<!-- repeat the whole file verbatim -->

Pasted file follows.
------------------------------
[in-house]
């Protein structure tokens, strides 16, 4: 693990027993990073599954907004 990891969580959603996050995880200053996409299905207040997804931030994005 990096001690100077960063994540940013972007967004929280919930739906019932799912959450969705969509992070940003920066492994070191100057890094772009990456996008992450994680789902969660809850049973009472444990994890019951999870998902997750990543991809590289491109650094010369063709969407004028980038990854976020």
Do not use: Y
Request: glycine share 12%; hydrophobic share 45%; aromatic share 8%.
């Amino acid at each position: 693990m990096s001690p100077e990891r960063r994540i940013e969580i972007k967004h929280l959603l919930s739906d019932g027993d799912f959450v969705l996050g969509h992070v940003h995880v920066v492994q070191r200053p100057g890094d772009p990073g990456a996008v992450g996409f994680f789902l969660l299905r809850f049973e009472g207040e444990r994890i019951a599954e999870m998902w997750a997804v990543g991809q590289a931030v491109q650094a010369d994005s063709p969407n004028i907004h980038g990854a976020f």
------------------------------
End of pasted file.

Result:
[in-house]
């Protein structure tokens, strides 16, 4: 693990027993990073599954907004 990891969580959603996050995880200053996409299905207040997804931030994005 990096001690100077960063994540940013972007967004929280919930739906019932799912959450969705969509992070940003920066492994070191100057890094772009990456996008992450994680789902969660809850049973009472444990994890019951999870998902997750990543991809590289491109650094010369063709969407004028980038990854976020």
Do not use: Y
Request: glycine share 12%; hydrophobic share 45%; aromatic share 8%.
């Amino acid at each position: 693990m990096s001690p100077e990891r960063r994540i940013e969580i972007k967004h929280l959603l919930s739906d019932g027993d799912f959450v969705l996050g969509h992070v940003h995880v920066v492994q070191r200053p100057g890094d772009p990073g990456a996008v992450g996409f994680f789902l969660l299905r809850f049973e009472g207040e444990r994890i019951a599954e999870m998902w997750a997804v990543g991809q590289a931030v491109q650094a010369d994005s063709p969407n004028i907004h980038g990854a976020f």